Summary of factoring techniques
Here are the steps for factoring polynomials in Intermediate Algebra:
These techniques will work
for all polynomials up to degree 2 and for some polynomials of higher degree.
- If necessary, put the polynomial in standard form.
- If possible, pull out any factors common to all terms (§6.1).
- If there are four terms, try factoring by grouping (§6.1).
- If there are three terms,
try factoring into two binomials (§§6.2&6.3)
or factoring as a perfect square (§6.4).
- If there are two terms (or if you now have factors with two terms),
try factoring as a sum or difference of squares or cubes (§6.4).
- Keep factoring the factors until you can factor no further
For definiteness, here are the conditions that must be met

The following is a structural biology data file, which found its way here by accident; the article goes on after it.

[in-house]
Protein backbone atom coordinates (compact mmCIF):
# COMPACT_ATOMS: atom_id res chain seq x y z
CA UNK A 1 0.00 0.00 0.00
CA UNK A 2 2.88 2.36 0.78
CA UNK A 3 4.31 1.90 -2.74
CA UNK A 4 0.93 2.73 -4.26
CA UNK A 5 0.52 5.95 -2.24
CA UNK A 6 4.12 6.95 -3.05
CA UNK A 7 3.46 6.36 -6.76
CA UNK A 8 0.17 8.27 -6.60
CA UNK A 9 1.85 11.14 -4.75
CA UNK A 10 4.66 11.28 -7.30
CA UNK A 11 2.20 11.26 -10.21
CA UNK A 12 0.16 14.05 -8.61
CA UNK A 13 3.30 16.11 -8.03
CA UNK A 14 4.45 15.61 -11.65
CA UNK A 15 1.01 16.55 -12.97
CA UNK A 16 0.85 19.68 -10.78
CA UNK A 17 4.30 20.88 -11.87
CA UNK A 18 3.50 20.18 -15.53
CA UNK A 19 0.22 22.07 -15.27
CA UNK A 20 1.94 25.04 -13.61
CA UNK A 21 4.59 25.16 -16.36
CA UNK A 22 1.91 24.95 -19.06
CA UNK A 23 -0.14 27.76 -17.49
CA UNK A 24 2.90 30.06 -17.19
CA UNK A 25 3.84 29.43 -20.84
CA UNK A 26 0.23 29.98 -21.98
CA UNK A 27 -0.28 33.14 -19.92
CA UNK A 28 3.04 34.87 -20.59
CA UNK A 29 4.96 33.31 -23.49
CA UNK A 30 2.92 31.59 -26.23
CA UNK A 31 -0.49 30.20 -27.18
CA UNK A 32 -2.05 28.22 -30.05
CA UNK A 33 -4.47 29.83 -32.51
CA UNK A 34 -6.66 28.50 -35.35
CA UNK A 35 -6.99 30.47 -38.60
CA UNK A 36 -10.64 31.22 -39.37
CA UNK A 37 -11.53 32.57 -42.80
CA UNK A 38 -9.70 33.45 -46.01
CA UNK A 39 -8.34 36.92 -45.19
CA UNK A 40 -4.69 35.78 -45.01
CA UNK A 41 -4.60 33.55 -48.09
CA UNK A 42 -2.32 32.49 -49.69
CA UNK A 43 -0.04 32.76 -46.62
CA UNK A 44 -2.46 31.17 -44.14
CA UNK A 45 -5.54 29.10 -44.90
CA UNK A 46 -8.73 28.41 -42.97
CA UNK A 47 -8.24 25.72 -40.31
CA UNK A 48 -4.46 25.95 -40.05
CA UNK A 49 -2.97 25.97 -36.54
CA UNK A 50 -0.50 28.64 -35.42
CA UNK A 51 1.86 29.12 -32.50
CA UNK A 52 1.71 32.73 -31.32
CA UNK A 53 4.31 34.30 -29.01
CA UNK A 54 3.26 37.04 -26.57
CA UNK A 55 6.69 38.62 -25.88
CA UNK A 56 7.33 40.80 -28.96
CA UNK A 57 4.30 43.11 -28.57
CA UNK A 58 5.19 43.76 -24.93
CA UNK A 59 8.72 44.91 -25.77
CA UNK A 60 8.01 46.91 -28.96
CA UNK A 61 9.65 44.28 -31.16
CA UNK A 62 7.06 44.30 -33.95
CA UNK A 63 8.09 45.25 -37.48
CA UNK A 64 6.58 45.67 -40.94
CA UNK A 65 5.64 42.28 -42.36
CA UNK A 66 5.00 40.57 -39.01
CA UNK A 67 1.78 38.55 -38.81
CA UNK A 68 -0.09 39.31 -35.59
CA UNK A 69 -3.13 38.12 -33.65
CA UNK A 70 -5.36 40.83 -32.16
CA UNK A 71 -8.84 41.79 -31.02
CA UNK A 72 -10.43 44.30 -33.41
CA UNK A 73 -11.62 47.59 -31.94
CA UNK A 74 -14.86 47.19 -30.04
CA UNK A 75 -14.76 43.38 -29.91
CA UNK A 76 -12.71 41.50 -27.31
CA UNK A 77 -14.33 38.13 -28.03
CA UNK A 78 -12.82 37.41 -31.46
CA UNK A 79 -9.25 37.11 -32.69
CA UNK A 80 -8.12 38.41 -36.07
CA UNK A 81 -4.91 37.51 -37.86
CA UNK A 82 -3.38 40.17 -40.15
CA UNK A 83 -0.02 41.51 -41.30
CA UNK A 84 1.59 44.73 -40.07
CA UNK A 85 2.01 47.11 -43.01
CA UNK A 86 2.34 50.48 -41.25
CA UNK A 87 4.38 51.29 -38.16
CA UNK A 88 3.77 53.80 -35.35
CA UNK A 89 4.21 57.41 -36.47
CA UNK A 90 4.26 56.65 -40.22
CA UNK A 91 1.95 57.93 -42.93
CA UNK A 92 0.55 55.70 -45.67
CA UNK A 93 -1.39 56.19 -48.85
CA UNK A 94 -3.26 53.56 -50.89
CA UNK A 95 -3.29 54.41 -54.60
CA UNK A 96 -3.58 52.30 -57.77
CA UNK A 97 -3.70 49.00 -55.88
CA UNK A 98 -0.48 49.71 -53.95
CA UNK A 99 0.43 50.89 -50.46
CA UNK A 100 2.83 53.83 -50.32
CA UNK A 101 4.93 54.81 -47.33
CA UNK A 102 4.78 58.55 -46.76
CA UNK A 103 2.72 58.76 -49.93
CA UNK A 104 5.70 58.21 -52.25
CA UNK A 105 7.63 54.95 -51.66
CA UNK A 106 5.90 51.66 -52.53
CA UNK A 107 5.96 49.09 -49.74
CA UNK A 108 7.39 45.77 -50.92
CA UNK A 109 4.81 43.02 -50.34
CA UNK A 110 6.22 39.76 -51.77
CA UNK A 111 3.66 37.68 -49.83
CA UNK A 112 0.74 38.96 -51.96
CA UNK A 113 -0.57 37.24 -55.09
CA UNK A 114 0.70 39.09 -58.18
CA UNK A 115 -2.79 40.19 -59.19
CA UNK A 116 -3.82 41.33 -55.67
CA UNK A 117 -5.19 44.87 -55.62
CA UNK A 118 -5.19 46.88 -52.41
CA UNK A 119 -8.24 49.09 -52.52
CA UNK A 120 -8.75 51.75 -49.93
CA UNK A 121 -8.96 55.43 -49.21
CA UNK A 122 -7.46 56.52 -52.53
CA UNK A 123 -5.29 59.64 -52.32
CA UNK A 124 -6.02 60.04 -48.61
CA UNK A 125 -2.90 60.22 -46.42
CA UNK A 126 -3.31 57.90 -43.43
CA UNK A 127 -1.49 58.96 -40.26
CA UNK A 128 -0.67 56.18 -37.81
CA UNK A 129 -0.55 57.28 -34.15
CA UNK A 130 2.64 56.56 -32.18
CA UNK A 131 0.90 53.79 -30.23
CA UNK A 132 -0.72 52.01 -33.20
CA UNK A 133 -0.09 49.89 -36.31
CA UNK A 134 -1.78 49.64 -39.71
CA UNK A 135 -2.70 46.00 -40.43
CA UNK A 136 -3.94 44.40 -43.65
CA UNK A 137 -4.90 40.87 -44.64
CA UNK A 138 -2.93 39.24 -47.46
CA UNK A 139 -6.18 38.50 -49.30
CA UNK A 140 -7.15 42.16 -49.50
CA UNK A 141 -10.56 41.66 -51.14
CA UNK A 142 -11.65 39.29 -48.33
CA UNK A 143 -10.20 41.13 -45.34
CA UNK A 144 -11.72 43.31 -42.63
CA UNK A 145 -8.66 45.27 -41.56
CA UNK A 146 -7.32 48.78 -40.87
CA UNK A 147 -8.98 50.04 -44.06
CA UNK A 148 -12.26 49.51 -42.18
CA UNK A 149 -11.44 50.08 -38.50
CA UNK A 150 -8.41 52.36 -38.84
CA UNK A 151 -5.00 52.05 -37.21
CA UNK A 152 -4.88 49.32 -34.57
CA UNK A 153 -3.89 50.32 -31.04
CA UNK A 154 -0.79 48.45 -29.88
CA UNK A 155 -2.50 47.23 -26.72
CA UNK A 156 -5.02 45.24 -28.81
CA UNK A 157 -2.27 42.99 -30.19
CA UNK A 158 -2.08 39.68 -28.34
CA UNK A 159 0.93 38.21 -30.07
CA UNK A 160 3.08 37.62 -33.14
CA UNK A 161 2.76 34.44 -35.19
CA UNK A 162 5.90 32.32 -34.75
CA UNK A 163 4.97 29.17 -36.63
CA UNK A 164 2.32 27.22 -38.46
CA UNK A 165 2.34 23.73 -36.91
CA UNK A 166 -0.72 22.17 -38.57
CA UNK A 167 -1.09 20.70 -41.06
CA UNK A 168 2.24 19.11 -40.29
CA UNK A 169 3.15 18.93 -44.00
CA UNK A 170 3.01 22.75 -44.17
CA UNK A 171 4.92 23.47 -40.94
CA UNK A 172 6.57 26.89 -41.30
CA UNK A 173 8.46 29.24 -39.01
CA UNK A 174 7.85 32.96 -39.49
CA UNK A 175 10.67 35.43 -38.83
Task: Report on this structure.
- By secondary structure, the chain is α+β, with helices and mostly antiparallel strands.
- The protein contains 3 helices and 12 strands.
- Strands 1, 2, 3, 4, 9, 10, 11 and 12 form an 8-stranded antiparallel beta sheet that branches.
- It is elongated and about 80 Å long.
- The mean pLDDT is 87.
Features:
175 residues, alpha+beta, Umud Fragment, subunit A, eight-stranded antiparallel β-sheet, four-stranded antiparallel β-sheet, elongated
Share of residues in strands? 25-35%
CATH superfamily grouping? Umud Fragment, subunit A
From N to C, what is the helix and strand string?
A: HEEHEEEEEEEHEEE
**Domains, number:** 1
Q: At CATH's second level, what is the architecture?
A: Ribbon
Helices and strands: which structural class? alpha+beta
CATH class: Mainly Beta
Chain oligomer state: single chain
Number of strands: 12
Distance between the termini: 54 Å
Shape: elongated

for a polynomial (with rational coefficients) to be completely factored:
The last of these is the one that
can be hard to check and may require fancy techniques to fix.
(A non-constant polynomial
that is not the product of two non-constant polynomials
is called prime.)
- The first factor must be a constant,
except that (unless it is the only factor)
we leave it out if it is 1 or use just a minus sign if it is −1.
- Every other factor must be
a non-constant polynomial
with integer coefficients and a positive leading coefficient.
- No factor's coefficients
may have a common integer factor greater than 1.
- No factor may be a product of two non-constant polynomials.
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